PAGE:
And the thing that really excited all of our founding team at the start was, and this feels like crypto going mainstream. Because previously when you talk to the average person on the street about crypto, about decentralized exchanges or tokens, you can see their eyes just glaze over. It’s like, dude, what are you even talking about?

But you start talking about NFTs, it’s about art, it’s about culture, it’s about community, it’s about gaming. These are very emotionally relatable topics. So I think in that sense, regardless of where the cycle is for the asset price, the underlying thing is man, we are so early into a market that has insane headroom to grow because the core property of this is so much more relatable for the average person. And what we need to do is effectively just focus on building great products, right? Making sure the user feels the value from this new primitive on the internet. And as long as we can build products that help people feel the value I’m sure there is insane amounts of growth left.

Yeah. I’d say on the first point, so in a micro level what’s happening with Magic Eden, May was our largest month ever, despite all the crazy stuff that was going on in the macro environment. And I think what was happening was that we actually had a couple of watershed launches that we did. And I think users from other ecosystems, particularly Ethereum, started to take notice of what was happening. And so that’s I think one key thing that’s been happening lately. Solana has more mind share now than what was the case maybe three, six months ago. That’s the first thing.

And then the second thing is that I think we’re really excited that no matter what happens in the market, what happens in the cycle, we feel really confident there’s a lot of people building. And as long as that’s true then the rest kind of takes care of itself. And I know this because when I joined DYDX, it was actually at the end of 2017, which for those who remember that was the end of the last cycle. And I ended up jumping in and we went into a crazy bear market for two years, two and a half years.

That’s actually around the time when I first met Jack and Jack was like, what are you doing in crypto? I was like no it’s going to be good, don’t worry. No, but the reality is, as long as the builders are there and back then Solana wasn’t even a thing which seems a little bit crazy to say, right?

So I really believe that these things happen faster than people think. And if you look at the fungible token market, that was nowhere near as big as it is today three, four years ago, five years ago. And that doesn’t feel like very long. So for us, it’s just stay focused, we’re here for a long time. And keep our head straight. I think we really think this opportunity is generational and we’re really excited to be building in this ecosystem.

Yeah you’ve mentioned a few times throughout this conversation existing PFP use cases really just only being tip of the iceberg kind of where this stuff could go. I very much agree with that obviously, but maybe I think it would be fun to kind of highlight some examples of projects that you think are starting to illustrate where the future of this could go.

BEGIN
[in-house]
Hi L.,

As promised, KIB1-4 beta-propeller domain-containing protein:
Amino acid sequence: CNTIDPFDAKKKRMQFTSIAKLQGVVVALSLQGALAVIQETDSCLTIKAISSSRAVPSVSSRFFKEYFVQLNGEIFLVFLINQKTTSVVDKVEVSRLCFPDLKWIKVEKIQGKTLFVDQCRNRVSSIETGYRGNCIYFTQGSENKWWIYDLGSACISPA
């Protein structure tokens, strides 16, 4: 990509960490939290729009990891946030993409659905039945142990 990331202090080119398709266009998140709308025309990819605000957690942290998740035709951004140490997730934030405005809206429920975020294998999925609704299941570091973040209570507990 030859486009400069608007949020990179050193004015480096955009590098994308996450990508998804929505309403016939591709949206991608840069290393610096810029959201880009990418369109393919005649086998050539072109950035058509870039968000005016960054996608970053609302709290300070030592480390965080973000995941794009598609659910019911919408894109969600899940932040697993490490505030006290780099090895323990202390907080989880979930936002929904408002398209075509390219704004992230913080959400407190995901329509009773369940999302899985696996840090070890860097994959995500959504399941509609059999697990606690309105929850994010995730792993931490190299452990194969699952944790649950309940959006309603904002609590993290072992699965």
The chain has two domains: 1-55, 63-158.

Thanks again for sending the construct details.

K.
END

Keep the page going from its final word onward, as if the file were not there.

Are there any that come top of mind right now that are projects that have either launched in Magic Eden or elsewhere that you feel like are showing a glimmer of where all this stuff could go on a longer time horizon?

Yeah, I actually was going to talk about gaming because in some ways I was thinking Magic Eden first kind of seems like we’re a generalized marketplace, but actually we’re not. Our DNA is more to take bets on categories that we think is going to be huge and try to go deep there. So there’s a lot of intentionality why we went into PFPs and digital collectibles and then games.

I just think now, at least, just in the gaming sphere, I’m getting more and more excited. We’re seeing basically more and more creators create really engaging games using NFTs in a really new, special way. Just the last couple of weeks, we’re talking a lot with the AURORY team who were about to release their new demo.

I think it’s really cool where they’ve basically created this PFP project where you really feel this sense of identity, this sense of affiliation, but then you get to see it being used live in the game which we just think is super exciting. The Okay Bears’ story is really cool too. That was really iconic for us. That would be one of the watershed creators that we feel privileged to have enabled and helped launch in May. The project itself is kind of around digital collectables. But the underlying story is so human and so inspirational, right? These are folks, Aussies as well, they’ve been working really hard in the space and they came from this true sense of authenticity.

Like a lot of NFT projects, I feel like the founders will try to overly financialize it.Overly hype it and say hey guys, you should never sell or something like that. But when we met these founders, the project founders in person, they were saying, hey, the most touching thing when we were about to launch Okay Bears is, they were choosing between Ethereum and Solana. But then they went and actually talked to their community and said, hey guys, could you take some photos of where you are and maybe show the Okay Bear sign, right? This hand signal that they use to show that they’re an affiliate fan of Okay Bears. And people sent all these photos of them in emerging economies or not in the most affluent environments.